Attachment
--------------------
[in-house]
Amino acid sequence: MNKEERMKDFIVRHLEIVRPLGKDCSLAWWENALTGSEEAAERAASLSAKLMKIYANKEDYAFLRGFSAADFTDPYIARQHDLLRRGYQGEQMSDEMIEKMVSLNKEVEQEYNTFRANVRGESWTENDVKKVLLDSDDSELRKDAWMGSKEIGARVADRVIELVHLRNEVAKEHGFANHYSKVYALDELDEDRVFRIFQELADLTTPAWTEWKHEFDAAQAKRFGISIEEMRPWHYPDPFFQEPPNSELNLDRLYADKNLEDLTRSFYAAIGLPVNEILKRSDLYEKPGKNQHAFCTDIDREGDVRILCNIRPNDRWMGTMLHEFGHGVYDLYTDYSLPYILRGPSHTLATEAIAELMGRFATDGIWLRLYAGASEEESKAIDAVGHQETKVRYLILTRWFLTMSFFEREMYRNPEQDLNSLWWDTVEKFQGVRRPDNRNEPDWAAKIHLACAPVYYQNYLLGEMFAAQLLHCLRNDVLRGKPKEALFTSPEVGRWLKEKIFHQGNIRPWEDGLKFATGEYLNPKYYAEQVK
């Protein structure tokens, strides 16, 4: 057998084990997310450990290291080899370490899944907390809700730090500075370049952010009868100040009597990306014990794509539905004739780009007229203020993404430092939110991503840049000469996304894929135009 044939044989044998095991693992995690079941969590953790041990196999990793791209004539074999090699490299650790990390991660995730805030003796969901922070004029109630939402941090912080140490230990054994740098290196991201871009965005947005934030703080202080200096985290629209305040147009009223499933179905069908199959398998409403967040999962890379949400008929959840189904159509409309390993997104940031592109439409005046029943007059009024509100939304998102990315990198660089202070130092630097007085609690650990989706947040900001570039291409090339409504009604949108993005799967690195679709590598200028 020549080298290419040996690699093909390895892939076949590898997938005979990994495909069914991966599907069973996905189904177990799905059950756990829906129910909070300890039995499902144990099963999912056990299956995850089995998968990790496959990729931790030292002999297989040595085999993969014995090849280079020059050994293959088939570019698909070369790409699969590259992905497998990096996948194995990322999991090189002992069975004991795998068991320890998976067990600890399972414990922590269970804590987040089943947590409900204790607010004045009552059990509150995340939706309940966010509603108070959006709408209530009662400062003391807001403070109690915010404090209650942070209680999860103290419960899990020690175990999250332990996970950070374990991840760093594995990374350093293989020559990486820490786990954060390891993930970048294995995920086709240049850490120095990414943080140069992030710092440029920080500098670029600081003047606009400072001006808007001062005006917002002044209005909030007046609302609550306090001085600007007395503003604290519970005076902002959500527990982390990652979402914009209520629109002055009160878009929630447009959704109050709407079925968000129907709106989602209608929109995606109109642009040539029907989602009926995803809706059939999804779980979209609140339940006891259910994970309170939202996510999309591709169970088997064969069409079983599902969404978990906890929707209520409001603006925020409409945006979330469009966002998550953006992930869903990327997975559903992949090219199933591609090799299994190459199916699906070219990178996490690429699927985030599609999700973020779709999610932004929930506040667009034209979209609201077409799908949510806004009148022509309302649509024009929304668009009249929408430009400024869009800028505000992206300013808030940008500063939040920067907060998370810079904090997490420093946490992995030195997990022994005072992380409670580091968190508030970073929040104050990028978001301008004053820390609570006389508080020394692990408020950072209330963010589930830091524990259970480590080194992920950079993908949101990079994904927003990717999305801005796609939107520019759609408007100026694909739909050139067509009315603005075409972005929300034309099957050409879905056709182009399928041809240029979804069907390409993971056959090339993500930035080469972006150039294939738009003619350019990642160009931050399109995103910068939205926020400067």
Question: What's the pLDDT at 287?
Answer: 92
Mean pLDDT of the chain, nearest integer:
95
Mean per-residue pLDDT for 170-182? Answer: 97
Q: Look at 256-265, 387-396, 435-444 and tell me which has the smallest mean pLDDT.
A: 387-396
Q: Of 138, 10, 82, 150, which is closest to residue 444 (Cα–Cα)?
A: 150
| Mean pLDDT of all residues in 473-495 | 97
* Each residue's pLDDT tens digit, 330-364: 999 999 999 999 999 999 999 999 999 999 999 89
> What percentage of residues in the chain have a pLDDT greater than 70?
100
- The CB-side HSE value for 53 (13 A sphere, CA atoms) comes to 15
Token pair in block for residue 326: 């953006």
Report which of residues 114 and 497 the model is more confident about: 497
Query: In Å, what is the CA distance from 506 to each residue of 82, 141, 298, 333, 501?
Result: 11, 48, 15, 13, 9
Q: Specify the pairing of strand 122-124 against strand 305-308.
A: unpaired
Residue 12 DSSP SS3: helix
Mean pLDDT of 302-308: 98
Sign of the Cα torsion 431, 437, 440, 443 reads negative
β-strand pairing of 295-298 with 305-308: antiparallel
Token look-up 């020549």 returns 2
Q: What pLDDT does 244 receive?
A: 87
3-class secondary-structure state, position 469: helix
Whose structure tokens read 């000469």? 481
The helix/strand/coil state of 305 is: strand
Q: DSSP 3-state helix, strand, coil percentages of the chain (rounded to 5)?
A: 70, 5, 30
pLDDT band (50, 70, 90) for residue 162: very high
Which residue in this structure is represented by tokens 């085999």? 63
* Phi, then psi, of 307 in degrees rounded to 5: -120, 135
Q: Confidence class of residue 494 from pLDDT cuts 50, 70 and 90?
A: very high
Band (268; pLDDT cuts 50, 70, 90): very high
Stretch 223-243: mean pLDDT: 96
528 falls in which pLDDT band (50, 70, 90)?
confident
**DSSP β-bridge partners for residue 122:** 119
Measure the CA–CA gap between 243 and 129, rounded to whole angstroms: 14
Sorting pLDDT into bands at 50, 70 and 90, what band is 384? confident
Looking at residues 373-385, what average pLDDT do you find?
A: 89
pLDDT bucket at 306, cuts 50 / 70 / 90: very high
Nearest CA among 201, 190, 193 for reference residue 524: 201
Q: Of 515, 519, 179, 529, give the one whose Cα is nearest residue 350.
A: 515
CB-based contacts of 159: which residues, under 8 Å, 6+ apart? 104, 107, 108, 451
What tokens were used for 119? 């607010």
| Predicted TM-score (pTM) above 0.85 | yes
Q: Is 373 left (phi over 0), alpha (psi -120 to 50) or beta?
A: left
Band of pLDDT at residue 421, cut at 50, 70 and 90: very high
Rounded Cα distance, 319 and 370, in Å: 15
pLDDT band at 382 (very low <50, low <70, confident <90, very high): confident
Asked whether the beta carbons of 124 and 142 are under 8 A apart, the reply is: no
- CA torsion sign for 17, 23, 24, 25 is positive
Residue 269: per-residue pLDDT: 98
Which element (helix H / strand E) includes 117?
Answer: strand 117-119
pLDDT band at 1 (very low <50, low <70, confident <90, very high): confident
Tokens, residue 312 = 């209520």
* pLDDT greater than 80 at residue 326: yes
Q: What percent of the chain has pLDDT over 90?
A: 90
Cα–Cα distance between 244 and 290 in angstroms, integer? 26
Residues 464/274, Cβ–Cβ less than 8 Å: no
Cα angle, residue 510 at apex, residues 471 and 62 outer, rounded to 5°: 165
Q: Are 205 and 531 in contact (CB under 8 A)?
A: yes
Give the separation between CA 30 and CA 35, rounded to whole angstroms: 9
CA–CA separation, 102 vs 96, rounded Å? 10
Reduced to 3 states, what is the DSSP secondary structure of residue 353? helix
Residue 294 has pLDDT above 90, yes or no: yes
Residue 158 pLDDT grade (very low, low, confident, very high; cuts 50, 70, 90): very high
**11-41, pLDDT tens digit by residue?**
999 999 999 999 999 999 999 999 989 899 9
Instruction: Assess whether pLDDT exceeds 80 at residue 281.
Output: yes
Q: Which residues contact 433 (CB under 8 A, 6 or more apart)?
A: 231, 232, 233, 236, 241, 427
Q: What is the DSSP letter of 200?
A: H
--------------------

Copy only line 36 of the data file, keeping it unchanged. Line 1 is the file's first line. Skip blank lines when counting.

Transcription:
pLDDT band (50, 70, 90) for residue 162: very high